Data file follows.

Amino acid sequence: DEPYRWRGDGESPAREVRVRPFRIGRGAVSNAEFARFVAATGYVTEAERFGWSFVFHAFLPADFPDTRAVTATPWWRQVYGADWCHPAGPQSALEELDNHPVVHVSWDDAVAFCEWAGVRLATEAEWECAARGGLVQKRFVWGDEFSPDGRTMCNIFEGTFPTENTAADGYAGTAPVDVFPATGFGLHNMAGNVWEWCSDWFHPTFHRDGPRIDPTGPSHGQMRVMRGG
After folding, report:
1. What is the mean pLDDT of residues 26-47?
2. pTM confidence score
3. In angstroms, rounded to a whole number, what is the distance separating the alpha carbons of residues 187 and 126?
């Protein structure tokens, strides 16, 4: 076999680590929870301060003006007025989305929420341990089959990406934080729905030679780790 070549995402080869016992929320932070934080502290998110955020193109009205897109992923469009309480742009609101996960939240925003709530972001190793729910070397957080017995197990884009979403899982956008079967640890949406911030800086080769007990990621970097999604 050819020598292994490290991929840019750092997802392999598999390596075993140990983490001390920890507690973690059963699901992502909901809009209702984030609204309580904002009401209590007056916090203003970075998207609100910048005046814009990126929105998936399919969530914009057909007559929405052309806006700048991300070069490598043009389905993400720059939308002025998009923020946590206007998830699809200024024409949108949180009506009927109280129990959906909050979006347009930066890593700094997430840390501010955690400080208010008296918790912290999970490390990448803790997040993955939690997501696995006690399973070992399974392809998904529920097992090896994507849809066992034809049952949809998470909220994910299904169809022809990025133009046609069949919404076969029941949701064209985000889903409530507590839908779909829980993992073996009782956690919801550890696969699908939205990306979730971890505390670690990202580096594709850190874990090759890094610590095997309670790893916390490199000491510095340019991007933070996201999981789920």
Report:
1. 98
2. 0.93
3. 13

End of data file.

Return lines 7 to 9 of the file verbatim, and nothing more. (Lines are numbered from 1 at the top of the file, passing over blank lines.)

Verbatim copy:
Report:
1. 98
2. 0.93